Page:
But there’s one thing that didn’t keep up with that rapid evolution – the process of designing and developing websites. The technology and requirements changed, but at the core, agencies build websites the same way they built them 20+ years ago.
In this article, we want to explore how a different approach to web development can give you much more flexibility and value. You’ll learn about the agile web development process, how it’s different from the traditional approach, what are the disadvantages of the agile methodology, and more.
Before we get to the solution, let’s address the cause. We will talk about two approaches in this article. One of those is called “the waterfall” method. It’s been introduced by Dr Winston W. Royce in a paper published in 1970. You can tell it has been around for a while, and for a good reason.
A waterfall development process is a linear approach to a project where tasks get done one after another. They are subsequential and the user can’t move on to the next task without ticking off the preceding step.
The standard waterfall model for a website build.
The timeline of your project is very straightforward when using the waterfall method.
There are several benefits of this approach:
This gives you an idea of the needed resources and the cost. It defines clear milestones for everyone involved and provides a chance to question deliverables before committing. As a client, you know exactly what you’ll get and it works brilliantly with a fixed budget.
Unfortunately, there is another side to the coin.
As we’ve mentioned, in the waterfall method you need to do tasks one by one, so it’s extremely easy to face delays, which cause the ripple effect down the line. The system is so fragile it’s enough that a team member gets stuck with their responsibility and before you know, the deadline is postponed again and again.
You have to assume that you will get stuck. It only takes a third party releasing an update to an integration that forces you to change the way you do things. Sometimes it will be totally out of your control. You can plan for that, but you’ll never know the exact implications.
Another dimension worth mentioning is scope creep. Project requirements change over time. It’s natural. Your business can’t stop to still just because you’re developing a new website. But the waterfall method isn’t built for changes. As mentioned, the scope and budget are fixed. The longer the project, the bigger the scope creep. And if you factor in the expected but unknown delays… you get the idea.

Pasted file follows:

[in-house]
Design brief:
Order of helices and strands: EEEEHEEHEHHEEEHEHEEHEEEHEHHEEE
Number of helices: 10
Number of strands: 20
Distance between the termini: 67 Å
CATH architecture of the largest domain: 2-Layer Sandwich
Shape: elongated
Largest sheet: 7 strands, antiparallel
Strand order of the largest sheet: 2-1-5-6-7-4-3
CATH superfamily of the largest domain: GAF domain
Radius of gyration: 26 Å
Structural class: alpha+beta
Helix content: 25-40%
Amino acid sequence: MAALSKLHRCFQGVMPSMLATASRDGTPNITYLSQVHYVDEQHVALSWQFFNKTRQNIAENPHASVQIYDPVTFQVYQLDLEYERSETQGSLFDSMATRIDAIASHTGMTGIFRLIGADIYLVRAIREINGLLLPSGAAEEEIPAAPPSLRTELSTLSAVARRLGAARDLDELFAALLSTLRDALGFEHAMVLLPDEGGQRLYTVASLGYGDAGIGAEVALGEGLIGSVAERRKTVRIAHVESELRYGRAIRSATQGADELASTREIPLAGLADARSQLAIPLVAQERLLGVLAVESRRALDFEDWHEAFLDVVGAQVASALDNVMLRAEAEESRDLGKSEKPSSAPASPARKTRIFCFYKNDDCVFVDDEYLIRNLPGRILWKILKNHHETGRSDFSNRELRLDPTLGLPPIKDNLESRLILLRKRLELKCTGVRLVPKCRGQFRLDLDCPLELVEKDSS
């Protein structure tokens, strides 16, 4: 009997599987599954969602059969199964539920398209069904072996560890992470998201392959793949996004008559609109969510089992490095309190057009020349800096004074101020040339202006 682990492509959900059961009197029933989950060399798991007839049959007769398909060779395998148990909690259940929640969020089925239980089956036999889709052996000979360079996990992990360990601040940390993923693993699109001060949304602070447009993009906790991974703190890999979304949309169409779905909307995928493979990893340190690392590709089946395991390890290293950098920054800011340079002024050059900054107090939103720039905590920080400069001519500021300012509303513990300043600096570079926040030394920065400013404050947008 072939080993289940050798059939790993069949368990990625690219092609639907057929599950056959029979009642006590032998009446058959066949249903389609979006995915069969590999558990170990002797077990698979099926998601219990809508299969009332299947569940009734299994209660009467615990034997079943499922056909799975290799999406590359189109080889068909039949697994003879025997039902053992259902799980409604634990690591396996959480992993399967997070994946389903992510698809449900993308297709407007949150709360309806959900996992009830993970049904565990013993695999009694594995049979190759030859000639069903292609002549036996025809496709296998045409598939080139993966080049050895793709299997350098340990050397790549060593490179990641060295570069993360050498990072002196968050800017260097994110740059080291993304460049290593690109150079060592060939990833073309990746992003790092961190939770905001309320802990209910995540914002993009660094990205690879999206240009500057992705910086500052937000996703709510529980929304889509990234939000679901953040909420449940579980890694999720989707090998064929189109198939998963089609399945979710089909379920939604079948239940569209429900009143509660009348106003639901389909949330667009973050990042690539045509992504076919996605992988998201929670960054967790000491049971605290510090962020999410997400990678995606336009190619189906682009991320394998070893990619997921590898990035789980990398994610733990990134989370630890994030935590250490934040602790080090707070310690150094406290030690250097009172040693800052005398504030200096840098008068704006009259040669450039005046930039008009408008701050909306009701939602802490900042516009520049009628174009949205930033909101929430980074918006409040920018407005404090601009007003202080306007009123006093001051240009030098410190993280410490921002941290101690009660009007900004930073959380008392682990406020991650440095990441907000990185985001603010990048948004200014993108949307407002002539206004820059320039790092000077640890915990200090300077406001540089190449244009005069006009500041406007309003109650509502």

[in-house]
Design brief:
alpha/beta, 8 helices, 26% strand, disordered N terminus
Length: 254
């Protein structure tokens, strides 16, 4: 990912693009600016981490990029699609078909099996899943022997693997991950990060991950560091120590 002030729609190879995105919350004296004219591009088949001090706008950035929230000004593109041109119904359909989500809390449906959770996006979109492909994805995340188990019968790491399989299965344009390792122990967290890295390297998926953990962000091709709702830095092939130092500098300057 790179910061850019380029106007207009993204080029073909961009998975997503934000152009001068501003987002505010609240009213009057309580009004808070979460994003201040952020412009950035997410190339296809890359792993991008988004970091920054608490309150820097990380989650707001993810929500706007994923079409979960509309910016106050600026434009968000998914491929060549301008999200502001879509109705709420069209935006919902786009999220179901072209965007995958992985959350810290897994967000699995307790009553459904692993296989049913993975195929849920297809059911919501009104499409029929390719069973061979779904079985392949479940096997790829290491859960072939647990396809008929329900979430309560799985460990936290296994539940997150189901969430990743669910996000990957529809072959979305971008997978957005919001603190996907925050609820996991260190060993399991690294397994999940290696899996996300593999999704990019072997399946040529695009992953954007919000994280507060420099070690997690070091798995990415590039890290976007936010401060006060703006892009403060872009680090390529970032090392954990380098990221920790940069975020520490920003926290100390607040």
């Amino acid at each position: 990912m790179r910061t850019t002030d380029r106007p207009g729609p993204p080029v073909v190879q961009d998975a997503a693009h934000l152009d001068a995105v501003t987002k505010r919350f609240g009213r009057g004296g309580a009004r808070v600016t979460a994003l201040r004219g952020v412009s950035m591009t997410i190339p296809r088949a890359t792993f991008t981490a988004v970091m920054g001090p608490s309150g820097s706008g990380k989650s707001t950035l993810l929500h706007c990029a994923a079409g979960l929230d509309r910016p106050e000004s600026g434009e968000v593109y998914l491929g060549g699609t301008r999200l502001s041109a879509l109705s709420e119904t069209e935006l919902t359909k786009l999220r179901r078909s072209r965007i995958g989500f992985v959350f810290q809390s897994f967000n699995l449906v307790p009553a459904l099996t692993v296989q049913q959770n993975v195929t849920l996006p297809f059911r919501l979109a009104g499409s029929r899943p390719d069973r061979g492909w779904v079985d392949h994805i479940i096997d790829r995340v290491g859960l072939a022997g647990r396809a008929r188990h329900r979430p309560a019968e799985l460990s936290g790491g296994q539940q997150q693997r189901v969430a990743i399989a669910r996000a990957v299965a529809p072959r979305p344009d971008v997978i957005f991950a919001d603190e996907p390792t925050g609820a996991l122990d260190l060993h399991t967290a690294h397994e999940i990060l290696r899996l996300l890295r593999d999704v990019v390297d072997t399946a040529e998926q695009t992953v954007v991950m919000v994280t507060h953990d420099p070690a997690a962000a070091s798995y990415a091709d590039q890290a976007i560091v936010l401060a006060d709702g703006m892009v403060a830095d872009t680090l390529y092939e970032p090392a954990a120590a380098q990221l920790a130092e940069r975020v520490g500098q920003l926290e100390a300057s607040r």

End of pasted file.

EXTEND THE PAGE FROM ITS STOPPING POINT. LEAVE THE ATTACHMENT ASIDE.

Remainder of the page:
To cut the story short, we have decided to switch away from this model because waterfall imposes too many limitations and the benefits don’t outweigh them.
Popularised by the launch of the Agile Manifesto in 2001, the agile software development method emphasises continuous delivery and collaboration. An agile process involves the creation of an agile team. Members of the team report on the progress and obstacles daily, strengthening the sense of ownership across the entire group.
In agile, work is carried out in parallel and the process is flexible and welcomes change. It keeps impressing and drawing people in because it’s simple to the bone yet ludicrously effective. In short, it breaks projects down into a collection of smaller jobs which together make it complete.
These portions bring business value on their own. They are then shredded further into actionable tasks, which help to estimate the timescale and the cost involved in the project.
With the detailed breakdown at hand, so-called sprints are planned which deliver those tasks within a certain time frame. When a sprint ends, the client gets a finished part of the product, which is independent and functional.
Sprint is an agreed period of time in which the team delivers a set amount of work. In software development, sprints last a few weeks – typically four, but it can be less or more than that.
Prioritisation here is the key to success. Once there is an overview of the project, one can shuffle the list of requirements so that the vital parts get delivered first, and thus the product goes live sooner rather than later.
This approach remains flexible and open to scope changes throughout, too. The client can add and subtract requirements at any point in time because the project planning operates on the fine detail level. Furthermore, the client controls the spend because they pay upfront for each sprint. In case they want to put the project on hold, they certainly can.